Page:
Fair enough, I understand that – I am passionate too, and immediately want to know what the results do or do not tell us about how NZ is doing, educationally.
But surely it’s a time to read, reflect, research, and discuss the findings and the study itself, and try to eke out something meaningful form it, rather than just jump in and score Brownie points?
The goal is to see where we can improve things for our learners, after all.
Below are the Ministry’s main take away points from the study, copied verbatim from their web site.
I am going to refrain from commenting or adding my own observations or thoughts for now, as I would rather people read them with an open mind and ask questions of them.
Here goes – get your thinking caps on:
In New Zealand, over 5,000 students (4,291 for core PISA subjects, 958 for financial literacy) from 177 schools took part in the study, in July 2012.
- New Zealand students scored above the OECD average in mathematics, reading and science.
- Australia had similar scores in mathematics and reading but had a higher science score.
- New Zealand student performance remained relatively stable up to 2009. Between 2009 and 2012 performance in mathematics, reading and science declined.
- The proportion of New Zealand students (below Level 2) increased between 2009 and 2012 in mathematics and science (eg, up from 15% in mathematics in 2009 to 23% in 2012). These are students who struggle to do mathematics or science and whose lack of skills is a barrier to learning.
- Students who achieve Level 5 or 6 have advanced skills in mathematics, reading or science. In particular, New Zealand has a high proportion of students who are top performers in reading (14%).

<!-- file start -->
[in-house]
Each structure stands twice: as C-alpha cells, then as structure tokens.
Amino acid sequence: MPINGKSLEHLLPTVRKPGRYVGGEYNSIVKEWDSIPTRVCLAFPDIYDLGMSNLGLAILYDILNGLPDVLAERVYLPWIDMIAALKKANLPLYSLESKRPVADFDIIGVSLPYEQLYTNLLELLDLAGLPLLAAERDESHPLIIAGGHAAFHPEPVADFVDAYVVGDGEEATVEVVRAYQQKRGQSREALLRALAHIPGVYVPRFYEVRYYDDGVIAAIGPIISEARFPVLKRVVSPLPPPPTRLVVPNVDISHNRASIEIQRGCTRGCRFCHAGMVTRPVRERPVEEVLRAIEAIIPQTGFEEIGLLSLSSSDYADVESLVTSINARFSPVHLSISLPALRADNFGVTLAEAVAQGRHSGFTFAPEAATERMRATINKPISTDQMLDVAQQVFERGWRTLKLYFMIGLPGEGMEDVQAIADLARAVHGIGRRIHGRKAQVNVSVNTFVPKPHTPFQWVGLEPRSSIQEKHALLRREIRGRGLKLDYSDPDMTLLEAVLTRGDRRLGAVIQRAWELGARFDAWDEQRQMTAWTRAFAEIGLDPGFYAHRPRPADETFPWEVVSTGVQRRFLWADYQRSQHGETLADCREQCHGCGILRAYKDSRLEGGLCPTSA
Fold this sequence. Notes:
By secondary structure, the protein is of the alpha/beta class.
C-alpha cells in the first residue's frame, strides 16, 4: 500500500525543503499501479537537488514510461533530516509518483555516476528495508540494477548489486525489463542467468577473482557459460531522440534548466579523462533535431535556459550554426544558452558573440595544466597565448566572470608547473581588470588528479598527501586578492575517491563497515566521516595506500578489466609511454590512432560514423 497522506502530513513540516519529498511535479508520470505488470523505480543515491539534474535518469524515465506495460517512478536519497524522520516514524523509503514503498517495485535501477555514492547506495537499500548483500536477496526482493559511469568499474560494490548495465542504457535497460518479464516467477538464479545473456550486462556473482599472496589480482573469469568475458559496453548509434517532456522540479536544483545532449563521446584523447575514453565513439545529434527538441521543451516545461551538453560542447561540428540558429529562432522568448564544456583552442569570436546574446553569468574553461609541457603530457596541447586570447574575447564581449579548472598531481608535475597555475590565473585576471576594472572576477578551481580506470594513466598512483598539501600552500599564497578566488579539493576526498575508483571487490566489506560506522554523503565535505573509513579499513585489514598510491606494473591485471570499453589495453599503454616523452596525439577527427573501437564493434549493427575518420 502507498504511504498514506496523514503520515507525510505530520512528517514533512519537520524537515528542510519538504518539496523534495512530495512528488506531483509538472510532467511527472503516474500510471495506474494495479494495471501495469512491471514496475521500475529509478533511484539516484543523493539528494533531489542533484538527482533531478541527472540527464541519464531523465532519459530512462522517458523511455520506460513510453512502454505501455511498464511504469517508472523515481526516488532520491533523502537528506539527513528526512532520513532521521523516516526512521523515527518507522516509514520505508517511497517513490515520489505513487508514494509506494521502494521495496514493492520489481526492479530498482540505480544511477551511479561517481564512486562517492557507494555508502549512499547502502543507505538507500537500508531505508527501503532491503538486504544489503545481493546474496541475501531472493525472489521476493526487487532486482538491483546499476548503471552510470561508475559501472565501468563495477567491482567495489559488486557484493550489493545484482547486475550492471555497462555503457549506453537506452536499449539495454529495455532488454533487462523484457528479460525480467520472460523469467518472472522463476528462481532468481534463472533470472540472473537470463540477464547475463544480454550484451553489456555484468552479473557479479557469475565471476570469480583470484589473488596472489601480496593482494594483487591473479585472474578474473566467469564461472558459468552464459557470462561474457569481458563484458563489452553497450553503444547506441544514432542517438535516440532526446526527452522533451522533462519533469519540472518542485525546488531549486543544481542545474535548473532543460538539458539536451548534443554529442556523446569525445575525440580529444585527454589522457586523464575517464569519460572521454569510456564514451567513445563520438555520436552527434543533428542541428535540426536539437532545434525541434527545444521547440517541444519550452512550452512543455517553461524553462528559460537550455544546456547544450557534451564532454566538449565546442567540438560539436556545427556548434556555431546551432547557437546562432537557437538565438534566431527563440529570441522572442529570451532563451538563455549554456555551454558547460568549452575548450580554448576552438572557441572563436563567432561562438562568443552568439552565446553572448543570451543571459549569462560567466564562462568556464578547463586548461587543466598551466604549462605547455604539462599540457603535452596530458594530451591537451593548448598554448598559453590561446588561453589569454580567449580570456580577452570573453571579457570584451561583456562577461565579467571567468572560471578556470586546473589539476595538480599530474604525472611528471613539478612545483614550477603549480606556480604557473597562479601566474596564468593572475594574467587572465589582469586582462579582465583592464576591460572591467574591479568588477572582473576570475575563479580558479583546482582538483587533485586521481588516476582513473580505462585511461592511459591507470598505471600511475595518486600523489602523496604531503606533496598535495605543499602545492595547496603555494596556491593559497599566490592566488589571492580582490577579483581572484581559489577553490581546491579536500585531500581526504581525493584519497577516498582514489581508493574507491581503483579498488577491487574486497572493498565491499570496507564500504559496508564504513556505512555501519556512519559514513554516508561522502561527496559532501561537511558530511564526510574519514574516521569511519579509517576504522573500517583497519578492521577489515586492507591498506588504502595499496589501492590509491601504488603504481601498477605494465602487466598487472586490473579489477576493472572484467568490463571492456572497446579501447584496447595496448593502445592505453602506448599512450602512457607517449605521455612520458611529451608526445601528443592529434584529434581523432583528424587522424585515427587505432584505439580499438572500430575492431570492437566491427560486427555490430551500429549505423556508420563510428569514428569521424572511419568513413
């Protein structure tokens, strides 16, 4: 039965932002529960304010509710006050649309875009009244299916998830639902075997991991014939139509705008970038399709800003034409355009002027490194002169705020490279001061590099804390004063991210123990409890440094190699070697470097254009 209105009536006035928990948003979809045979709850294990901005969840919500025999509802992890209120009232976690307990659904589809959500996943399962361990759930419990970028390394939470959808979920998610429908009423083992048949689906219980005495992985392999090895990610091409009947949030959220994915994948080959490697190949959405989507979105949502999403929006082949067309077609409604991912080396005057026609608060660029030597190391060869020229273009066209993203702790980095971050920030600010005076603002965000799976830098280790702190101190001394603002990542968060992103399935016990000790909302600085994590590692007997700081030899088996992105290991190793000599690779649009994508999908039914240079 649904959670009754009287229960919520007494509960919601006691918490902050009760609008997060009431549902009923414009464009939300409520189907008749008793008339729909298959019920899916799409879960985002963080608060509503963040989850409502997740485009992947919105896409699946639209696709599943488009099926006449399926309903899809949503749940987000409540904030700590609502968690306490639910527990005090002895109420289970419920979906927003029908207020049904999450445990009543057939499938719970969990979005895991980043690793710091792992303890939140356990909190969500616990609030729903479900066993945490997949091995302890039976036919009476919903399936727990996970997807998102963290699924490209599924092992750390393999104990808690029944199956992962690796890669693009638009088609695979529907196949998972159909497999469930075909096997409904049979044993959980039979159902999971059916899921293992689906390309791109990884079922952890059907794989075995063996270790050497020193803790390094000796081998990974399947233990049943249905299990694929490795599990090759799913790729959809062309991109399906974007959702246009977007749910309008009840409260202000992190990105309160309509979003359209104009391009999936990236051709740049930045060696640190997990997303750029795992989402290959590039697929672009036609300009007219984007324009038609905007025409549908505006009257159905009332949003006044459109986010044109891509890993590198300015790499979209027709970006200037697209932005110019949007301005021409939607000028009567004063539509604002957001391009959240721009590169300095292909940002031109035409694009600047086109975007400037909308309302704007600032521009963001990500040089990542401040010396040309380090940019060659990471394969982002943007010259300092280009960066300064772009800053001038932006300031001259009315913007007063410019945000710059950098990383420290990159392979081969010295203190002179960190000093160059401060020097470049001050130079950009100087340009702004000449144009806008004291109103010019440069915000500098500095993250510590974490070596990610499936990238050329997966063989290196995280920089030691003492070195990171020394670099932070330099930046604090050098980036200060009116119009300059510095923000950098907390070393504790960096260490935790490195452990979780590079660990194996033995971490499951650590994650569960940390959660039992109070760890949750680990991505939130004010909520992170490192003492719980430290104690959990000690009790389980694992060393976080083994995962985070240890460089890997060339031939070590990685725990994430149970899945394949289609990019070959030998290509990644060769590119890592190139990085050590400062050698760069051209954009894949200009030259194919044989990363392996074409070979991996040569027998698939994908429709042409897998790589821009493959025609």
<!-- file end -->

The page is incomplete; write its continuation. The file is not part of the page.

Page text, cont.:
- New Zealand has a relatively high proportion of all-rounder students who are top performers across mathematics, reading and science even compared to the top performing countries (21% are top performers in at least one subject area and 8% are “all rounders”).
- New Zealand has a relatively large proportion of both top performers (Level 5 and 6) and low performers (below level 2) in mathematics. In addition, New Zealand is counted among the 10 PISA countries and economies with the widest spread of achievement in mathematical literacy.
- New Zealand students demonstrated relative strength in the mathematical area of uncertainty and data (statistics) and weaker achievement in space and shape (geometry and measurement). Their performance on change and relationships(aspects of algebra) and quantity (number and measurement) was close to the overall New Zealand average for mathematics.
- Overall boys did much better than girls in mathematics, girls continued to do better than boys in reading and there was very little difference in science.
- Overall New Zealand European/Pākehā and Asian students scored above the OECD average in mathematics and Māori and Pasifika students scored below the OECD average. However, students from all ethnic backgrounds attained scores right across the achievement spectrum.
- The average scores in mathematics for boys and girls and for New Zealand Pākehā/European, Māori and Pasifika students all declined between 2009 and 2012, but there was no change for Asian students.
- Overall, New Zealand is a country characterised by relatively high achievement (when compared to the OECD average) but the distribution of student performance shows that we have relatively low equality (equity) in learning outcomes.
- New Zealand is a country where the variability of student PISA mathematics scores within a school is high while the variability in scores across schools is relatively low. However, the variability in scores across schools is increasing.
I’d love to hear others’ observations, in the comments below or on the Facebook page.